With all that said, I should add that to be fair, this looks a hell of a lot better than Lara Croft: Tomb Raider - The Cradle of Life (2003), and yes, all of that was actually the title. Akin to the newer series of games, it feels a lot more gritty, personal, and real, which is totally in line with 2010s filmmaking vs. 2000s filmmaking. And the grittiness isn't really like, grimdark grittiness, but realistic cave-dwelling grit, as opposed to Angelina looking like a fucking goddess while spelunking.

The rest of the cast is fairly unknown, besides Walton Goggins, but I'm not sure how much of a household name Walton Goggins is. We should focus on Vikander, though, who although is amazing, I feel won her Academy Award too early. The Danish Girl (2015) wasn't even the best movie or role she had that year. Ex Machina (2015) should be readily accepted as a new classic, but she's totally underrated in The Man from U.N.C.L.E. (2015). This is still one of my favourite movie scenes ever. Damn she's cool and collected and a hilarious asshole in front of giant man Armie Hammer. But really, picture this, a robot, and a transsexual lover - painter in the same year. That's fucking range, people.

To be honest, her 2016 and 2017 were kind of under the radar without a ton of showy or well-seen roles. You see Jason Bourne (2016) on there, but can anyone remember anything from that movie? Or what Vikander did in it? Same challenge for The Light Between Oceans (2016). Irregardless, Vikander is a supreme talent and deserving of a franchise centered around her. It'd be cool if Tomb Raider could be it. They got two fucking Angelina Jolie boobie movies out of it fifteen years ago, they should be okay now, right. Right?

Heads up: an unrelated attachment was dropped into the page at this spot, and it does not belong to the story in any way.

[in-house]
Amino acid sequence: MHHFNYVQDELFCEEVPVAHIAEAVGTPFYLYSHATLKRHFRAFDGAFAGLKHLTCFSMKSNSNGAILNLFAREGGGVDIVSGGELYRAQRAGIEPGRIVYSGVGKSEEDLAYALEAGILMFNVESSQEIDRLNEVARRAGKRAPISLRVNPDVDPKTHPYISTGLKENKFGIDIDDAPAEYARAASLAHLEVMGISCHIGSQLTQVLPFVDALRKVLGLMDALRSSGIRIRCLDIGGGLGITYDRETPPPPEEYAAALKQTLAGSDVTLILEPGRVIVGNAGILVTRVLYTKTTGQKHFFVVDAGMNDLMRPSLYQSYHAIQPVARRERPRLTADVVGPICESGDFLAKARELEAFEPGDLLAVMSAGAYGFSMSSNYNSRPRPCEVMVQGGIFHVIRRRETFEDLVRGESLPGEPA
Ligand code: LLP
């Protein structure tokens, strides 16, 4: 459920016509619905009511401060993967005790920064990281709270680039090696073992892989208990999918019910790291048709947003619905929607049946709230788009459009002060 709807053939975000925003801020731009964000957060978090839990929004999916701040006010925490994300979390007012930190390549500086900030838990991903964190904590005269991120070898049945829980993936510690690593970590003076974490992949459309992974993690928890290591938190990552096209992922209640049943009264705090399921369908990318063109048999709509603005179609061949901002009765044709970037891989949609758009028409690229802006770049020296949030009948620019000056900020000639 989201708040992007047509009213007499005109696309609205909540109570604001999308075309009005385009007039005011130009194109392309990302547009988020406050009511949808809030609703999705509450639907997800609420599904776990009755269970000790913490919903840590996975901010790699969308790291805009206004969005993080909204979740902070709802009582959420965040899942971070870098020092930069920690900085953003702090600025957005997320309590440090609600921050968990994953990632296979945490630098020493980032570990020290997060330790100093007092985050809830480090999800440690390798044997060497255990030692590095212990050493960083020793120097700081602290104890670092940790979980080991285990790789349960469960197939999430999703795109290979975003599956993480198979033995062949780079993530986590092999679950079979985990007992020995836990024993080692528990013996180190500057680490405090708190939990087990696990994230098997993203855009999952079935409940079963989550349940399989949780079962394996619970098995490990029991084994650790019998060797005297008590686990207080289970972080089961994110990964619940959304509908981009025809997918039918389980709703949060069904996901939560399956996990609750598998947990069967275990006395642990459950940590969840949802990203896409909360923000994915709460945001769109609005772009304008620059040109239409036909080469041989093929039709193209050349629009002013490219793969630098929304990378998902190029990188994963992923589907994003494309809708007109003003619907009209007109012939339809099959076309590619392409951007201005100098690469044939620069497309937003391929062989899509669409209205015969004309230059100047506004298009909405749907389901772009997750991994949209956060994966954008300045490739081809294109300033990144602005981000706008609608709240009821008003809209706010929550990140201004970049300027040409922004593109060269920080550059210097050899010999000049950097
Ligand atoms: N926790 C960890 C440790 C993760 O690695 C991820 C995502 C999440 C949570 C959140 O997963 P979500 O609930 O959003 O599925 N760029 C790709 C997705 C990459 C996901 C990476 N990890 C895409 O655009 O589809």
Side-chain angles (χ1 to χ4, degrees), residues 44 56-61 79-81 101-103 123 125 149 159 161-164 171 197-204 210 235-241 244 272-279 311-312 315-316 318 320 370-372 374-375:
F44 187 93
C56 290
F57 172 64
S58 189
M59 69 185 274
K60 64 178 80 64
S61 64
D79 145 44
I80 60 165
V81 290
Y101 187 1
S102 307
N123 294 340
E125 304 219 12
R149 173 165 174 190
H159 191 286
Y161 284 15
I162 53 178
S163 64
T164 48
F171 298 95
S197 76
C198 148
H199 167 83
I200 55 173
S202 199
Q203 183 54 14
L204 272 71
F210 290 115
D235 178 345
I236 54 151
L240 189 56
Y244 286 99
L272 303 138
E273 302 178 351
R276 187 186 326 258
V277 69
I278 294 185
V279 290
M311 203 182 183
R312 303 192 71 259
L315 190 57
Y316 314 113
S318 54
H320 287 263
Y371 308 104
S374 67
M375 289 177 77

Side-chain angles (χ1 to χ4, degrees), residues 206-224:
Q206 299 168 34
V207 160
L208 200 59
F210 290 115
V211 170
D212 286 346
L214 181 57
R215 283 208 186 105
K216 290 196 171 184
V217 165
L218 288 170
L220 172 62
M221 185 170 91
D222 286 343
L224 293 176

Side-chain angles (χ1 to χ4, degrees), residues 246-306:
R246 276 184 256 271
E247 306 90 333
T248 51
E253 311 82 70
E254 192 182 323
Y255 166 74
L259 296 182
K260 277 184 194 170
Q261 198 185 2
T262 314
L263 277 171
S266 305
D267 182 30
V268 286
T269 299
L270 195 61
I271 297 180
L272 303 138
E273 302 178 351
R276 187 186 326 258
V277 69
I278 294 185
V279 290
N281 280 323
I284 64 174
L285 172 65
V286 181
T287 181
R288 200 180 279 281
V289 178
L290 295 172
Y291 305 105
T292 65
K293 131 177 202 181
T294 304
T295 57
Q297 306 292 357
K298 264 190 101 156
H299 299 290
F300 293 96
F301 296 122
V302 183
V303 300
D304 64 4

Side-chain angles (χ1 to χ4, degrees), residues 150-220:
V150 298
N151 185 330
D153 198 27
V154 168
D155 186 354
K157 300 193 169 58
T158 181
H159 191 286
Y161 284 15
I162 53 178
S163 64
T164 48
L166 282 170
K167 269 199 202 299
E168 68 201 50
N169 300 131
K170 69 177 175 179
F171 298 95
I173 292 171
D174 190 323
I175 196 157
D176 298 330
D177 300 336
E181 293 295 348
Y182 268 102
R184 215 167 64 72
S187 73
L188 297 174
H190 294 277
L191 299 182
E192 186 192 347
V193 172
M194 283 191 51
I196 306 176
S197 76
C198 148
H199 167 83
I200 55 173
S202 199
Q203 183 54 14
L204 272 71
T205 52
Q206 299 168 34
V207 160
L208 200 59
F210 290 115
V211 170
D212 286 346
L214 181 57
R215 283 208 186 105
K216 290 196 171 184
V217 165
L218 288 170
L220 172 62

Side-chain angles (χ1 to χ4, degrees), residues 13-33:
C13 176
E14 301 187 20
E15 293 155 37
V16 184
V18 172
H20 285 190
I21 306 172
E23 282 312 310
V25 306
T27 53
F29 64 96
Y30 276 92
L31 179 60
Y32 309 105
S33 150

Well, at this point we ought to talk about the elephant - this is a video game movie. Somehow for some reason no video game movie ever works. Sure, Resident Evil (2001) comes close, and that's definitely a rad movie that turned into a progressively more bonkers series that's damn fun to make fun of, but no where close to blockbuster art. That series also ground into the dust. The only other candidate to bring up is Mortal Kombat (1995). And that's it. That's like, the best of your genre.

Recently Hollywood has tried to adapt really good video games like Assassin's Creed (2016) and Warcraft (2016). Whoops. And to be sure, right now Tomb Raider is actually looking like the Queen of all video game adaptations, at a whopping 50% on Rotten Tomatoes. That's 14% higher than the next film, Prince of Persia: The Sands of Time (2010). You know, I actually haven't seen any of these damn movies. They all look so stupid. Maybe it's because I don't play any of these games, but that shouldn't matter, right? I've never sat through a game of Clue, but I love that movie. I never read Michael Crichton's Jurassic Park. Source material shouldn't matter, but for some reason with video games it does.

That's probably because either the medium is too visually similar to film already or simply because it's not even close to be considered serious art. Critics have clearly never played Donkey Kong Country 2: Diddy's Kong Quest (1995) for the SNES. Maybe that's why they gave a film like Tomb Raider to a dude like Roar Uthaug, who despite having the greatest name fucking ever, hasn't really done much outside of his native Norway. He crafted The Wave (2015). I mean, COOL, but does he understand American video games? To be fair, he probably does, it's a huge global industry, people.